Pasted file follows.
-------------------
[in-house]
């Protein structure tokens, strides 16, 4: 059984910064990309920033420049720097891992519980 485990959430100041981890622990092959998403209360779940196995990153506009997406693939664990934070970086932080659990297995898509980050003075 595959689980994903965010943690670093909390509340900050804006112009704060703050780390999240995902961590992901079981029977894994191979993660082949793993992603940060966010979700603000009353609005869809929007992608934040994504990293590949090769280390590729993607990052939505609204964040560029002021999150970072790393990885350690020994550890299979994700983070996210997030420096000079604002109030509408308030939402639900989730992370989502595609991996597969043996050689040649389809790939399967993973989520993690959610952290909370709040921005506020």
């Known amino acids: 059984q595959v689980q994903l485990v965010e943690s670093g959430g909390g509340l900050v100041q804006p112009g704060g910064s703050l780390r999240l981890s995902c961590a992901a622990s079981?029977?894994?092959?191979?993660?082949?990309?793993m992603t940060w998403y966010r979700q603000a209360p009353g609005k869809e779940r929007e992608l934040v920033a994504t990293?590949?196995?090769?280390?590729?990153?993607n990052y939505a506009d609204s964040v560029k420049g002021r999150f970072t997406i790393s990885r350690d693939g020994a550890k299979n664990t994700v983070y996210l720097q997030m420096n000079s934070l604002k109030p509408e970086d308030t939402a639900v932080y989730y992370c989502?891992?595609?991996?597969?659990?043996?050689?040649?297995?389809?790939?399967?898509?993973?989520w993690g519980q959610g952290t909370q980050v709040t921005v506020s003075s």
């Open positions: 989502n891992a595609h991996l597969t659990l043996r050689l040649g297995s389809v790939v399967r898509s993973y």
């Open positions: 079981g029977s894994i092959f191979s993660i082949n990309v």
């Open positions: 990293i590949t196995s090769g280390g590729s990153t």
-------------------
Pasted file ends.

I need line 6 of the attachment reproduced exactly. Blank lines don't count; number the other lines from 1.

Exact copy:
């Open positions: 990293i590949t196995s090769g280390g590729s990153t």